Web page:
Cape Town: A Potted History
When the Dutch East India Company sent Jan Van Riebeeck to establish a colony in Cape Town in 1652, he quickly turned it into an efficient waystation for ships rounding the Cape of Good Hope en route to the spice-producing lands of the east. Cape Town quickly outgrew its original purpose, becoming the economic and cultural hub of the Cape Colony. Indeed, prior to the Witwatersrand Gold Rush and the development of Johannesburg, the current location of the country’s stock exchange, Cape Town was the largest and most prosperous city in South Africa.
With the French occupation of the Netherlands during the French Revolution and Napoleonic War, Great Britain began to occupy and conquer Dutch colonies, including Cape Town, which was captured in 1795 and legally ceded to Britain in 1814. The conflict between Britain and the inland Boer Republics would later lead to the Second Boer War between 1899 and 1901, which was won by Britain, resulting in the entire area’s establishment as the Union of South Africa.
By 1929 general elections were being conducted under a system that allowed white men to vote while only a tiny number of black and colored men were so empowered, a privilege they were denied completely after 1939. The basis for this treatment lay in Afrikaaner and British perceptions of coloreds as a slave class (as they were descended from Cape Malays originally shipped to Cape Town to make up for the shortage of manual laborers in the city) and of Africans as savages (as their ancestors had lived as tribal hunter-gatherers prior to the arrival of the Dutch).
In 1948, the National Party won South Africa’s general elections. Their campaign platform had been one of ‘apartheid’, an Afrikaans word meaning ‘separateness’, implying a policy of racial segregation later passed into law as the Group Areas Act. The campaign preyed on the fears of white South Africans with a slogan referring to the ‘swart gevaar’, or ‘black threat’ that the African population supposedly posed to the security of the European-descended population.
Apartheid saw formerly multi-racial suburbs of Cape Town ‘purged’ of unlawful inhabitants (often their homes and possessions were outright destroyed), who were sent to live in the Cape Flats or the townships, far from the central areas of City Bowl.
It’s just 10km from the shores of Cape Town, visible from the beaches of the West Coast, that you’ll see Robben Island, where many leaders in the fight against Apartheid were held prisoner, and it was from the balcony of Cape Town’s city hall that Nelson Mandela made his first public speech in decades just hours after his release in 1990. Mandela’s election as president and head of the African National Congress in 1994 marked the beginning of a new era of economic prosperity for the country, ushering in massive booms in Cape Town’s real estate and tourism industries.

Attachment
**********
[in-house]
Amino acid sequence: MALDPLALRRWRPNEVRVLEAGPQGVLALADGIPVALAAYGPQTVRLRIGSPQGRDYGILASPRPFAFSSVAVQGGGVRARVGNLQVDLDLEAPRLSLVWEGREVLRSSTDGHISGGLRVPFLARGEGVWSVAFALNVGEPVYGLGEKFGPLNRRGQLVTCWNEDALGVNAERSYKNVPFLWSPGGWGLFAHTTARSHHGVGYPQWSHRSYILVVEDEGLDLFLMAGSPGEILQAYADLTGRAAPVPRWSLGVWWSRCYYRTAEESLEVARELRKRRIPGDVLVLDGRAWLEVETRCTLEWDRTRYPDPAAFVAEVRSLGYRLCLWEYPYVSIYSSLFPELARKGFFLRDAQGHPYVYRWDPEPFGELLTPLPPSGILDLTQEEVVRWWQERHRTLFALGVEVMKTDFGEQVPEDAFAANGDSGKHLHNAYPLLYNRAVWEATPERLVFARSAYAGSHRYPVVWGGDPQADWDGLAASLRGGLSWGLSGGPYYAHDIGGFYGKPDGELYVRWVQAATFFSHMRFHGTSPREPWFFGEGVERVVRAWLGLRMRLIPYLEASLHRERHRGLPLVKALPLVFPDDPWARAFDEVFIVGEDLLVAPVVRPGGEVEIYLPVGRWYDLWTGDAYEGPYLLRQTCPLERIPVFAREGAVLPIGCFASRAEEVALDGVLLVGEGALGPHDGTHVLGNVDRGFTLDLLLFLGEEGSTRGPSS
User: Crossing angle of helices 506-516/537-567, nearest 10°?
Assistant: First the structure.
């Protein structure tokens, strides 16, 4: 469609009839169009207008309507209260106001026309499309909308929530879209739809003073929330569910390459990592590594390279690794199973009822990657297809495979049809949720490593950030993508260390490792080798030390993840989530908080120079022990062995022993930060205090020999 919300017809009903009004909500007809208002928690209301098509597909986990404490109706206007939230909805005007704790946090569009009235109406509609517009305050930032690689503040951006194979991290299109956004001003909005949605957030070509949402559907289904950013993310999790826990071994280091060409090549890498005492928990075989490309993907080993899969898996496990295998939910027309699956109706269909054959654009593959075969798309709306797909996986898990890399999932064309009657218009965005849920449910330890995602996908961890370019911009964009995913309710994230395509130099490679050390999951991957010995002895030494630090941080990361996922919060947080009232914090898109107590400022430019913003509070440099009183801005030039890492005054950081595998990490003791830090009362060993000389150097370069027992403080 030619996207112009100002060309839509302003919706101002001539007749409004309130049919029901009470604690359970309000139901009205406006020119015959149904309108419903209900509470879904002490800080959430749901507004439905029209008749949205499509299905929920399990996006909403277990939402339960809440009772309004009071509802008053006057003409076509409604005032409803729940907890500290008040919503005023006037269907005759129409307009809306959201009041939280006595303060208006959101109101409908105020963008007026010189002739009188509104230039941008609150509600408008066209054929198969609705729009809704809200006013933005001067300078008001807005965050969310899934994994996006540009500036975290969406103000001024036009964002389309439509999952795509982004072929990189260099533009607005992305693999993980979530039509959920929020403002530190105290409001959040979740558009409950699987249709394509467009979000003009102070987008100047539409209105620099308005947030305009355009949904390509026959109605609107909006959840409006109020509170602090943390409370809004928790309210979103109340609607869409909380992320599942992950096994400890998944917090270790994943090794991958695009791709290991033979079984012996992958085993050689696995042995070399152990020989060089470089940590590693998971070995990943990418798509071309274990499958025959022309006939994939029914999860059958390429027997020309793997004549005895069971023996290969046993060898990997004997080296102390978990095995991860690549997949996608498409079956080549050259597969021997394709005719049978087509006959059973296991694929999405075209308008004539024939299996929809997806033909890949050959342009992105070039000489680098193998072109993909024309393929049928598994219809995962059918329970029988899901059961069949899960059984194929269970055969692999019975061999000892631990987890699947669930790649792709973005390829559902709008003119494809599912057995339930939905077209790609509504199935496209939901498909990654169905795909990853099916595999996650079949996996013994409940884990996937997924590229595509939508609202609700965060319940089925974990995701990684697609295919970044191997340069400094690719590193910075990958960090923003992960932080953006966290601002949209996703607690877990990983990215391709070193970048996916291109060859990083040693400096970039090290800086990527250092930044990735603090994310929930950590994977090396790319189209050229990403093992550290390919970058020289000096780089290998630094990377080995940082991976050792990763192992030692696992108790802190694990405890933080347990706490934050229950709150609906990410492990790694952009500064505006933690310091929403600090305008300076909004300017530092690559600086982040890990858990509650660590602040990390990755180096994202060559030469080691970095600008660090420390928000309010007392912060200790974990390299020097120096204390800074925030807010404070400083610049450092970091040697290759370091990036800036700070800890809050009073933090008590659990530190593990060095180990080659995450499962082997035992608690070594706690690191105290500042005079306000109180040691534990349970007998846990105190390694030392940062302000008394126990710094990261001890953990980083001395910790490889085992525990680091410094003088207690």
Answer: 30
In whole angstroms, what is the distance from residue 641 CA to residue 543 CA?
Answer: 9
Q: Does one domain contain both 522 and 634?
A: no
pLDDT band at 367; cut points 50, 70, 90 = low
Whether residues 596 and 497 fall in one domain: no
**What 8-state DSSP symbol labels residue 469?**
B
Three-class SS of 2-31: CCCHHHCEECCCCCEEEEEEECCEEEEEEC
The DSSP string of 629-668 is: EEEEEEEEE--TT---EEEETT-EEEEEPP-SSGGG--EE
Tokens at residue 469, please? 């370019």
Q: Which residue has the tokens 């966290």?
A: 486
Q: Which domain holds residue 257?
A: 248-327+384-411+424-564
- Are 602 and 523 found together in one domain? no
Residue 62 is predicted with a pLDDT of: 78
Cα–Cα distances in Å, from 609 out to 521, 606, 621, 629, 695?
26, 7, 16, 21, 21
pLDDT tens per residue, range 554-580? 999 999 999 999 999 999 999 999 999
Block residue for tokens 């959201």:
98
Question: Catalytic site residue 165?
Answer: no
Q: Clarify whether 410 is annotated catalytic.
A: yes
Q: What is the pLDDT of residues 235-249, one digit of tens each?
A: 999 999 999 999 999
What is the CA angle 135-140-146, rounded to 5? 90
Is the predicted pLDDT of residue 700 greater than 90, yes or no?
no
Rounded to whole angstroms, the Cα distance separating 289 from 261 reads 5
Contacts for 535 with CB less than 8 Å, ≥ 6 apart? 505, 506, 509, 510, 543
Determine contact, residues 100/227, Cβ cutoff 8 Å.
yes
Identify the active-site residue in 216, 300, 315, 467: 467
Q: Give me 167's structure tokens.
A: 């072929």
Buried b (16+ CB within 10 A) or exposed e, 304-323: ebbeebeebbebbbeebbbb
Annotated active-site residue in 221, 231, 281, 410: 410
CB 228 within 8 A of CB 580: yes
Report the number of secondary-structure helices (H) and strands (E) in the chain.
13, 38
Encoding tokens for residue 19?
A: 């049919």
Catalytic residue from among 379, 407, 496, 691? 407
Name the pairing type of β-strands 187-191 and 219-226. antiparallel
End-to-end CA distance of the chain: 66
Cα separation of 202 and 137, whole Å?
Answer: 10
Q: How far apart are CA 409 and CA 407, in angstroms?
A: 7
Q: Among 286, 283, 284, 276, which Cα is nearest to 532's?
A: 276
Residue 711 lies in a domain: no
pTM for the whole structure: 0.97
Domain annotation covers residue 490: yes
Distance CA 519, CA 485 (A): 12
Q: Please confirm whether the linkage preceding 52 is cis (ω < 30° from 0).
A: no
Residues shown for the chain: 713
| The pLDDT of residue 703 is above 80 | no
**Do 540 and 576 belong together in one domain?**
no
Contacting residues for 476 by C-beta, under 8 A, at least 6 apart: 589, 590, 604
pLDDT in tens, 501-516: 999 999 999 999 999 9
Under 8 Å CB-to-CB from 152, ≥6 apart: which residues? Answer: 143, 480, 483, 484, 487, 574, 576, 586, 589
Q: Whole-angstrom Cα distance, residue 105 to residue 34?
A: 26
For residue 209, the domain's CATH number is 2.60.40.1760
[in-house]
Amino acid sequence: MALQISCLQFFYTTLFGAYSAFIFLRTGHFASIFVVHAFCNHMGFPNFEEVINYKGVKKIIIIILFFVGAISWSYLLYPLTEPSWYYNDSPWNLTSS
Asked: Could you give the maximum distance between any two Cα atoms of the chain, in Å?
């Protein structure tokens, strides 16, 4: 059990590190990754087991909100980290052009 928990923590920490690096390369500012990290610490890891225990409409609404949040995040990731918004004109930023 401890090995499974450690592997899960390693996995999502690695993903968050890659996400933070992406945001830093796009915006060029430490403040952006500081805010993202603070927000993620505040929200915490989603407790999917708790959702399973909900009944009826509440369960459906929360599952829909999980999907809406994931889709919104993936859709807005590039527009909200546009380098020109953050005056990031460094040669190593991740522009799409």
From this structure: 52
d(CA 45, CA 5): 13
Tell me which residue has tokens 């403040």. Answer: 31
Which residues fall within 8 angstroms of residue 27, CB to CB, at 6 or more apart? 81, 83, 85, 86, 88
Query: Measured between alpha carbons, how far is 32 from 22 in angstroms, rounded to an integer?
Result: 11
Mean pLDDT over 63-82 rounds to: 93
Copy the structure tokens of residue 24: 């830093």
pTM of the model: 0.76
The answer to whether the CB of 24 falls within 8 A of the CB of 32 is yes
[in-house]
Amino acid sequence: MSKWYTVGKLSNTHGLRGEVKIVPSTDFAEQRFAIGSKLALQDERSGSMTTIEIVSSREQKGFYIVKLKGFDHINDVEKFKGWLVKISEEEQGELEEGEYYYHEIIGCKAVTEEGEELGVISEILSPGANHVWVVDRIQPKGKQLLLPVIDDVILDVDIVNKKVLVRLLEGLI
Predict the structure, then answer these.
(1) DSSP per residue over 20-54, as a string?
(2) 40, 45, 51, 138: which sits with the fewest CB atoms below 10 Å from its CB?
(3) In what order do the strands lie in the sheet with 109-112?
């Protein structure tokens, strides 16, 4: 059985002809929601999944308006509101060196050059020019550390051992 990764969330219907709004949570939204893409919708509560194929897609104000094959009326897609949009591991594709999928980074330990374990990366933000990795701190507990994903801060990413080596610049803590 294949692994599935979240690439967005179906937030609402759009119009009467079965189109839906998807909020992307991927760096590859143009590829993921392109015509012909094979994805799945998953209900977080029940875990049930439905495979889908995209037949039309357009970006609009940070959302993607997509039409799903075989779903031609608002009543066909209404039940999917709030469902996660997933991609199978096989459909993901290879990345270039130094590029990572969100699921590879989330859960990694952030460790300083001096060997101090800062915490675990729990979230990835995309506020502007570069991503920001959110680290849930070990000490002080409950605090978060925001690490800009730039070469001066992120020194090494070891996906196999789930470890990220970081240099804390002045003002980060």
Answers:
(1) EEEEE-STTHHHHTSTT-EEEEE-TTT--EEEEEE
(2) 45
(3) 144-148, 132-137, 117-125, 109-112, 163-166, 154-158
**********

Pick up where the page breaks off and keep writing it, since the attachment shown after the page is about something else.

Cape Town’s suitability for expatriates
Incidents of xenophobic violence swept South Africa in early 2008. They began in the month of May in the township of Alexandra in Gauteng, where residents attacked Malawian, Zimbabwean and Mozambiquan immigrants, killing two and injuring 40 more. Soon similar incidents occurred in nearby townships, and it became apparent that the attacks were spreading, virally, it seemed. They would eventually reach the coastal areas of Durban and Cape Town
In the end, the attacks left 62 people dead and several hundred injured, not to mention a huge amount of immigrant-owned property, including shops and stalls, destroyed.
There’s been much talk surrounding these attacks and their significance to foreigners looking to relocate to Cape Town. People are being warned that immigrants to Cape Town run the risk of facing a similar fate.
The fact is, prominent among the various factors identified by the Human Sciences Resource Council, that these attacks were triggered by the relative deprivation of the people and areas where the attacks occurred. The perpetrators and the victims were, typically, in intense competition for the same jobs, as well as for basic housing and commodities. As such, those attacked were primarily refugee asylum-seekers perceived to be taking the bottom-rung jobs that would otherwise have been available to needy locals.
So, as hideous as their fates may have been, the situations of the victims of the xenophobic attacks are not remotely comparable to those of most expatriates engaging in deliberate relocation. By contrast, the latter tend to be well educated and in pursuit of highly skilled jobs, or better yet, responsible for their own job-creating businesses. If they weren’t, they’d face a great deal of trouble getting a residence or work permit.
Cape Town, on the whole, is very hospitable to expatriates, with numerous clubs and societies binding together substantial expatriate communities of varied European and American origin, and restaurants catering to every culture and taste. Many of these are listed in various parts of this guide.
Cape Town is centered on City Bowl, the business district surrounded by the dramatic peaks and crags of three mountains that form a natural amphitheatre facing onto Table Bay, where Cape Town’s busy harbor borders on the Central Business District. The municipal area of the city encircles these mountains and sprawls out along the West Coast and over much of the Cape Peninsula. Cape Town’s varied, dynamic geography is discussed more thoroughly under ‘City Structure’.